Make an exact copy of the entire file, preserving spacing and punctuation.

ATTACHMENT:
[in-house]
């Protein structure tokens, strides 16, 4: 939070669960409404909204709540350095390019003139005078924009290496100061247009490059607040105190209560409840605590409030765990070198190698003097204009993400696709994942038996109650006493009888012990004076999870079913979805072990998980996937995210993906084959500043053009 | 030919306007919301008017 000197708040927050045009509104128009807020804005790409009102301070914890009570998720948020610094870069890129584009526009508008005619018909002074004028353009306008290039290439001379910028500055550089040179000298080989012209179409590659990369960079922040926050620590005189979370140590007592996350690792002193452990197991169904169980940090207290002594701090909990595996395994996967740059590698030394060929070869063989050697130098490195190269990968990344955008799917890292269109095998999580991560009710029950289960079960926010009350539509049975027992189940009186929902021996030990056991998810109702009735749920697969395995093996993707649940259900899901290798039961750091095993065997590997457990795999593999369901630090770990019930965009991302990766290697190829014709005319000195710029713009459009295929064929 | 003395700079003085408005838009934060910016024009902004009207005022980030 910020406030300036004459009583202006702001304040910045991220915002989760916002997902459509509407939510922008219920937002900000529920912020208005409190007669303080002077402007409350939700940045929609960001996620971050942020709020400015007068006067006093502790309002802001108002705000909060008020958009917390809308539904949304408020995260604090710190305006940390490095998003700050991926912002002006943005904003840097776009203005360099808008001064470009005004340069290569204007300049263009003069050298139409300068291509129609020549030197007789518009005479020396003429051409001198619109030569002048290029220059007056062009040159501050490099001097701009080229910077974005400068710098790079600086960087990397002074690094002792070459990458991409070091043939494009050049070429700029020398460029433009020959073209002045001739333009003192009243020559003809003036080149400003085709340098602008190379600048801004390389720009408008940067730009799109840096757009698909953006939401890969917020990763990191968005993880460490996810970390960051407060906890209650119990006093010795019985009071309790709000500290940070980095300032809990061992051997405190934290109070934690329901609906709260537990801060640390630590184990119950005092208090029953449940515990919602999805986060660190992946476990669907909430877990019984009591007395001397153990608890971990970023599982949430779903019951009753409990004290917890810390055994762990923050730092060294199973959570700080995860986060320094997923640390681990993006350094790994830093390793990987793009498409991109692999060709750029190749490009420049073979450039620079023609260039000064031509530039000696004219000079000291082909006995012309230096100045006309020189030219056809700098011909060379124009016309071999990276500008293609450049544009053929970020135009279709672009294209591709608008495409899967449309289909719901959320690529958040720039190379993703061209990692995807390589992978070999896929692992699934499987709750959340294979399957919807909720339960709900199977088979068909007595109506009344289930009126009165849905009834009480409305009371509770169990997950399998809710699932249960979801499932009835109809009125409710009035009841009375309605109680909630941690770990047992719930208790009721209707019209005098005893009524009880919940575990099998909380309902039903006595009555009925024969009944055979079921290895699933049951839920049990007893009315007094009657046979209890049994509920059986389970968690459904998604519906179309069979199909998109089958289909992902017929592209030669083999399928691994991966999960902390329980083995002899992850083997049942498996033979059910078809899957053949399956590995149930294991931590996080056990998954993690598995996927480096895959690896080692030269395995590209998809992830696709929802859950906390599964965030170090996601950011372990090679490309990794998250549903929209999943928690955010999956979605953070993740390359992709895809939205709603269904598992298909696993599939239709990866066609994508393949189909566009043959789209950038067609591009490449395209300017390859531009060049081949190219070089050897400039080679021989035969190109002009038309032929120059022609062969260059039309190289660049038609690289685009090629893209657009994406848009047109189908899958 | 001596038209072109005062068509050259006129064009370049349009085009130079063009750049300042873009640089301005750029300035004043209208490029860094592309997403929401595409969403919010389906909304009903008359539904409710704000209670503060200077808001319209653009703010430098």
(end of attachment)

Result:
[in-house]
């Protein structure tokens, strides 16, 4: 939070669960409404909204709540350095390019003139005078924009290496100061247009490059607040105190209560409840605590409030765990070198190698003097204009993400696709994942038996109650006493009888012990004076999870079913979805072990998980996937995210993906084959500043053009 | 030919306007919301008017 000197708040927050045009509104128009807020804005790409009102301070914890009570998720948020610094870069890129584009526009508008005619018909002074004028353009306008290039290439001379910028500055550089040179000298080989012209179409590659990369960079922040926050620590005189979370140590007592996350690792002193452990197991169904169980940090207290002594701090909990595996395994996967740059590698030394060929070869063989050697130098490195190269990968990344955008799917890292269109095998999580991560009710029950289960079960926010009350539509049975027992189940009186929902021996030990056991998810109702009735749920697969395995093996993707649940259900899901290798039961750091095993065997590997457990795999593999369901630090770990019930965009991302990766290697190829014709005319000195710029713009459009295929064929 | 003395700079003085408005838009934060910016024009902004009207005022980030 910020406030300036004459009583202006702001304040910045991220915002989760916002997902459509509407939510922008219920937002900000529920912020208005409190007669303080002077402007409350939700940045929609960001996620971050942020709020400015007068006067006093502790309002802001108002705000909060008020958009917390809308539904949304408020995260604090710190305006940390490095998003700050991926912002002006943005904003840097776009203005360099808008001064470009005004340069290569204007300049263009003069050298139409300068291509129609020549030197007789518009005479020396003429051409001198619109030569002048290029220059007056062009040159501050490099001097701009080229910077974005400068710098790079600086960087990397002074690094002792070459990458991409070091043939494009050049070429700029020398460029433009020959073209002045001739333009003192009243020559003809003036080149400003085709340098602008190379600048801004390389720009408008940067730009799109840096757009698909953006939401890969917020990763990191968005993880460490996810970390960051407060906890209650119990006093010795019985009071309790709000500290940070980095300032809990061992051997405190934290109070934690329901609906709260537990801060640390630590184990119950005092208090029953449940515990919602999805986060660190992946476990669907909430877990019984009591007395001397153990608890971990970023599982949430779903019951009753409990004290917890810390055994762990923050730092060294199973959570700080995860986060320094997923640390681990993006350094790994830093390793990987793009498409991109692999060709750029190749490009420049073979450039620079023609260039000064031509530039000696004219000079000291082909006995012309230096100045006309020189030219056809700098011909060379124009016309071999990276500008293609450049544009053929970020135009279709672009294209591709608008495409899967449309289909719901959320690529958040720039190379993703061209990692995807390589992978070999896929692992699934499987709750959340294979399957919807909720339960709900199977088979068909007595109506009344289930009126009165849905009834009480409305009371509770169990997950399998809710699932249960979801499932009835109809009125409710009035009841009375309605109680909630941690770990047992719930208790009721209707019209005098005893009524009880919940575990099998909380309902039903006595009555009925024969009944055979079921290895699933049951839920049990007893009315007094009657046979209890049994509920059986389970968690459904998604519906179309069979199909998109089958289909992902017929592209030669083999399928691994991966999960902390329980083995002899992850083997049942498996033979059910078809899957053949399956590995149930294991931590996080056990998954993690598995996927480096895959690896080692030269395995590209998809992830696709929802859950906390599964965030170090996601950011372990090679490309990794998250549903929209999943928690955010999956979605953070993740390359992709895809939205709603269904598992298909696993599939239709990866066609994508393949189909566009043959789209950038067609591009490449395209300017390859531009060049081949190219070089050897400039080679021989035969190109002009038309032929120059022609062969260059039309190289660049038609690289685009090629893209657009994406848009047109189908899958 | 001596038209072109005062068509050259006129064009370049349009085009130079063009750049300042873009640089301005750029300035004043209208490029860094592309997403929401595409969403919010389906909304009903008359539904409710704000209670503060200077808001319209653009703010430098």